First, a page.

The 1926 Legitimacy Act

I know so many couples today who have children who are not married and it doesn’t make any difference to their lives or their children’s. However, step back a hundred years and even up to the 1960s it was seen as wrong to have children out of wedlock. Society put so much pressure onto to couples that they must be married before bringing a child into the world. Many unmarried mothers were forced to give up their babies in the 1950s simply because they were not married or had any support from their families. Children would be casted as illegitimate and this word would be like a shadow which followed them on their birth certificate, school records, baptism records, workhouse records it stated in black and white. It brought a huge big stigma to the family if a child was being brought up out of wedlock. It can get complicated for family historians researching children born out of wedlock and whether the family covered up the fact or not. In many cases if a child had a different father and the mother remarried the child was given the name of their stepfather. In many records a child was given the surname of the father and yet are on a census listed as ‘son’ or ‘daughter’ but have a different surname to the rest of the family. Then there are the cases where the child has been given the maiden name of the mother so nothing would connect to the identity to the father. Without DNA it can be quiet hard to get answers unless other records prove otherwise.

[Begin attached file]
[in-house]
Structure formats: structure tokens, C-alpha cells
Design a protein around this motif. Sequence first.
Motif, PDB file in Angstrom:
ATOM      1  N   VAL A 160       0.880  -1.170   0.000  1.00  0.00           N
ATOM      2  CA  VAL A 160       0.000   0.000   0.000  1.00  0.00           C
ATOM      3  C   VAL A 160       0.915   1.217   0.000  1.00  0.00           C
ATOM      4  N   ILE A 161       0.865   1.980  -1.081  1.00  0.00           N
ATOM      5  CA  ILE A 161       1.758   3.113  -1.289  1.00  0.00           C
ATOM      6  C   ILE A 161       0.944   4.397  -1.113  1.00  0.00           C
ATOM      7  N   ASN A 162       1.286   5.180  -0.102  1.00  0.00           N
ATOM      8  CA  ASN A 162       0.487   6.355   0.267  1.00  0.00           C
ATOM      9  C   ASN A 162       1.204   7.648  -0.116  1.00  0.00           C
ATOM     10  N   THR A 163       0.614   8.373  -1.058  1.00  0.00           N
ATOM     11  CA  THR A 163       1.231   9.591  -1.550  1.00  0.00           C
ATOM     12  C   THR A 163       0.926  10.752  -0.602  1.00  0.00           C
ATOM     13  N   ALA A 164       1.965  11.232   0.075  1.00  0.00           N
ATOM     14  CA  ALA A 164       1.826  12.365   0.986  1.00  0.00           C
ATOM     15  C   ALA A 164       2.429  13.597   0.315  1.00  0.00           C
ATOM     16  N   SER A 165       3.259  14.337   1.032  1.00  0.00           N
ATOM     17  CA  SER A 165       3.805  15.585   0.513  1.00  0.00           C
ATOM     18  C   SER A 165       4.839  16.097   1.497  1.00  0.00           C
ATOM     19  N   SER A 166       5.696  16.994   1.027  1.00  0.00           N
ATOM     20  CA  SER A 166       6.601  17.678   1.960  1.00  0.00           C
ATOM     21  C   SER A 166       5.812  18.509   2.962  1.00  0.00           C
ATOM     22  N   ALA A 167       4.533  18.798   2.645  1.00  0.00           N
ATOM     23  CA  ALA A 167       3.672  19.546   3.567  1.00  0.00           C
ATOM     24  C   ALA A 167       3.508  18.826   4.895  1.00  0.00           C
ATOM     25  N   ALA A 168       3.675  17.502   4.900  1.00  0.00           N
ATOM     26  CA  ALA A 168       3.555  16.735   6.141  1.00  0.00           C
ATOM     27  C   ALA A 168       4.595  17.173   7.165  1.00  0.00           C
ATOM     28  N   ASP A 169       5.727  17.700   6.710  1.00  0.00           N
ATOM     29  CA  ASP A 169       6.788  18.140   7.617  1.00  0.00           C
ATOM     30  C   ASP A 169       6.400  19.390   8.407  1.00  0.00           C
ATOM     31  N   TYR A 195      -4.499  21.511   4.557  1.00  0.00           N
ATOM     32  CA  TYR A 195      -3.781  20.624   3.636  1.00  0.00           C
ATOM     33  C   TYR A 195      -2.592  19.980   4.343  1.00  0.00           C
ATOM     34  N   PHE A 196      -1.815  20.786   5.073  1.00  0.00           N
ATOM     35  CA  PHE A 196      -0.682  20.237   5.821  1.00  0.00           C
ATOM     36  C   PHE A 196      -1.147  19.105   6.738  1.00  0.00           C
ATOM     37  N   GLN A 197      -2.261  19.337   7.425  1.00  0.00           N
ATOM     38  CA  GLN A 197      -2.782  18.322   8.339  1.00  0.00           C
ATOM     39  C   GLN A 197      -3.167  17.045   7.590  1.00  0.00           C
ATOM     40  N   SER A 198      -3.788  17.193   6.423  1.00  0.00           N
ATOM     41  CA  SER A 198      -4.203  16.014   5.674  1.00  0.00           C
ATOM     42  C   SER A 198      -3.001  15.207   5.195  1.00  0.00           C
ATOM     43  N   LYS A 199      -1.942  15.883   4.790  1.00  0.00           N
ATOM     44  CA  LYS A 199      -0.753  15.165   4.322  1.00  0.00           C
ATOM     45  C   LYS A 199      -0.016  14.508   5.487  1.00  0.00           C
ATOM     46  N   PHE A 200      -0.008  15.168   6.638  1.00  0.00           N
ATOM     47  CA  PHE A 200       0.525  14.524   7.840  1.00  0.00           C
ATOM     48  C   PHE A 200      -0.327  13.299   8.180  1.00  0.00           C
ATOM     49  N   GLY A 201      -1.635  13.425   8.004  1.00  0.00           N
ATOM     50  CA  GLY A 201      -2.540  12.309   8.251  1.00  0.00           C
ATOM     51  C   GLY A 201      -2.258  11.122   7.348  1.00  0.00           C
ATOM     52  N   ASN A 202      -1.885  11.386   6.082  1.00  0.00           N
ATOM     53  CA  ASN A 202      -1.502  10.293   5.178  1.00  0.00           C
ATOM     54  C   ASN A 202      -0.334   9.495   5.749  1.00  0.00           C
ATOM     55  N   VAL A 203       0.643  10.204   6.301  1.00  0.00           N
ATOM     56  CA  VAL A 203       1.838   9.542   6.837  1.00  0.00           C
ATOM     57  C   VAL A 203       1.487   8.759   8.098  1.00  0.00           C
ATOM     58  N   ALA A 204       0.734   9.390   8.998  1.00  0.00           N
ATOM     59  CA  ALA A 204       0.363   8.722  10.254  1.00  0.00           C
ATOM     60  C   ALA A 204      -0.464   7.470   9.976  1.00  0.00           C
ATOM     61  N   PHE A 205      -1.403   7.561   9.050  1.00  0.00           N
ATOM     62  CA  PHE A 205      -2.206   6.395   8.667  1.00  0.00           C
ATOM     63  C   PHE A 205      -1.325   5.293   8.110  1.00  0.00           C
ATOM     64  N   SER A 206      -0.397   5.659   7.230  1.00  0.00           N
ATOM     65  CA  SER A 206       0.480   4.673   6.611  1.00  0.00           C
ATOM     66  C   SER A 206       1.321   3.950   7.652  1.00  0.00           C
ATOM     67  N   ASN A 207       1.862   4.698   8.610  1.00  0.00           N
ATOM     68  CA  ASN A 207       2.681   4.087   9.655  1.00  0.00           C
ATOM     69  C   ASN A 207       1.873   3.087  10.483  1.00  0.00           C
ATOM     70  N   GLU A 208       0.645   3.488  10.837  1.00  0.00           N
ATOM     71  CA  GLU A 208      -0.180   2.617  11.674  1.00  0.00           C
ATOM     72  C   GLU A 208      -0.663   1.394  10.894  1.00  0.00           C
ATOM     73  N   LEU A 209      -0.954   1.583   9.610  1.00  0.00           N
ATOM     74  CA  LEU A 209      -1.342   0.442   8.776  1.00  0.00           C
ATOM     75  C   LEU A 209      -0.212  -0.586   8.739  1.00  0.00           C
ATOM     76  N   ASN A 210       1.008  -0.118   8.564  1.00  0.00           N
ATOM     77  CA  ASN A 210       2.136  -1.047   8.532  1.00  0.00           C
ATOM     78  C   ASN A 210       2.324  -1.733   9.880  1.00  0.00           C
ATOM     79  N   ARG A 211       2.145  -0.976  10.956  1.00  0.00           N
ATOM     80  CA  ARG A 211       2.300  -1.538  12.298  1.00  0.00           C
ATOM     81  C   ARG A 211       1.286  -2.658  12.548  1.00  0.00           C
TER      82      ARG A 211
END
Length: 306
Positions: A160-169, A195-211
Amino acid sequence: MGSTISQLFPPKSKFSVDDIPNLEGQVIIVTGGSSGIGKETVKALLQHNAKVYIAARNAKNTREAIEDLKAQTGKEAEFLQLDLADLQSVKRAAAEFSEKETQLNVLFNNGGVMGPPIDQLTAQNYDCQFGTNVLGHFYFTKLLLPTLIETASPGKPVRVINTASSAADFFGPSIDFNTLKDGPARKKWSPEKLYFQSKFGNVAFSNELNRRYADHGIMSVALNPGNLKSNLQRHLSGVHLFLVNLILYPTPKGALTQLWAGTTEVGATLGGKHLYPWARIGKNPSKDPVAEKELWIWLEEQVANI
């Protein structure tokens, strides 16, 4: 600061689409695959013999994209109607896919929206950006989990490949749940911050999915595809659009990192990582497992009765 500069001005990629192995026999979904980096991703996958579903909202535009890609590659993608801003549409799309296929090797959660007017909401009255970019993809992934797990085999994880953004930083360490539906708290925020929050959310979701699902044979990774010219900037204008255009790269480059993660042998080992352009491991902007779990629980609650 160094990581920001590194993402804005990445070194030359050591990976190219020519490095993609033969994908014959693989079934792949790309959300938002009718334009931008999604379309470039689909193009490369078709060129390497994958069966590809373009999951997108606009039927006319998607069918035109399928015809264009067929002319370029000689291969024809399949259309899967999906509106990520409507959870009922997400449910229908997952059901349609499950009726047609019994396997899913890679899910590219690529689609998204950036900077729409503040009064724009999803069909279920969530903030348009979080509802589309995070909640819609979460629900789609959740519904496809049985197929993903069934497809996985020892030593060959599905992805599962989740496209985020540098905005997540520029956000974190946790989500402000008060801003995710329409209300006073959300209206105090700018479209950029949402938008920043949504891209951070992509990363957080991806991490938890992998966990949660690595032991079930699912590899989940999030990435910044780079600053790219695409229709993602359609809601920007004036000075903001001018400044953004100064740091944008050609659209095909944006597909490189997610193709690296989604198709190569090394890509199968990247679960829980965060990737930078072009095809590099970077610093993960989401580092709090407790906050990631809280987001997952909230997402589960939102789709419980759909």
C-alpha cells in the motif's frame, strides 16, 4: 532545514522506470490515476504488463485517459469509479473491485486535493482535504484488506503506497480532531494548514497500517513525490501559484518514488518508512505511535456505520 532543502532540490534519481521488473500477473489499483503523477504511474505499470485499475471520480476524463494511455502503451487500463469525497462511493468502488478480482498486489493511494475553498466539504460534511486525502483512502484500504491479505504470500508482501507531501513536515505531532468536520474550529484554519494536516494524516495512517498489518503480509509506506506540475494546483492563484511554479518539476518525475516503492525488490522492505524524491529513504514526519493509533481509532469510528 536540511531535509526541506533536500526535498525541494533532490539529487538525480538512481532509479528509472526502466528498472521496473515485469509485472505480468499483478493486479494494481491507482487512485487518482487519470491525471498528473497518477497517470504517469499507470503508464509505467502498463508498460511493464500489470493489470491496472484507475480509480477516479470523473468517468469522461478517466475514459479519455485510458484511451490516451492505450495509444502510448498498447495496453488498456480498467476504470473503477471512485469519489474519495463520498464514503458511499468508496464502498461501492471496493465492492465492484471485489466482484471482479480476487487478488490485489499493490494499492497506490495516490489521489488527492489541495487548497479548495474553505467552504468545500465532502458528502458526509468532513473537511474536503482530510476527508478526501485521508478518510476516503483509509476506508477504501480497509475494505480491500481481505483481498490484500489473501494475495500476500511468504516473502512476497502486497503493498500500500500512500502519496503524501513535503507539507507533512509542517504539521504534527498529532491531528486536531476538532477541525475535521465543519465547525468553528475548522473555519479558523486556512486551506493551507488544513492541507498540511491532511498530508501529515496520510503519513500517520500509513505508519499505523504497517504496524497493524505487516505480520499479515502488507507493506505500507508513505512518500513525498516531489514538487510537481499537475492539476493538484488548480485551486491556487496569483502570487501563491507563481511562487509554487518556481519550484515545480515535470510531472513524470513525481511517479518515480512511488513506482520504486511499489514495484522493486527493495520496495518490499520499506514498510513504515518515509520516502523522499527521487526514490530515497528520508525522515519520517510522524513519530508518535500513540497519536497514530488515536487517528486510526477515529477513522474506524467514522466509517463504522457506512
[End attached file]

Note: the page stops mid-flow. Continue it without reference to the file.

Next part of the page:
Then there are these scenarios a child is born and both parents want to get married but are still married to previous spouses but cant afford a divorce. Divorce was very rare because simply people couldn’t afford it. So when a couple parted and met someone else they couldn’t legally just remarry as they would be committing bigamy. Many were content just to live with their new partners as they were but when a child was conceived between them it would cause problems for the child being casted as illegitimate even though the parents would marry if they could. In 1926 the Legitimacy Act came in where children could be legitimised if their parents married after their birth. This was also providing that both parents were not married to a third party at the time of the child’s birth. So an example of this is you may have a grandparent born in 1930 and when you look up the registration for his or hers birth entry you may come across another birth entry but perhaps in 1960 for the same person but years apart. This could be that the second entry is when the child’s parents actually got married and had their child legitimised hence the second entry. Perhaps this was when also a first spouse had passed away giving the couple freedom to finally marry.

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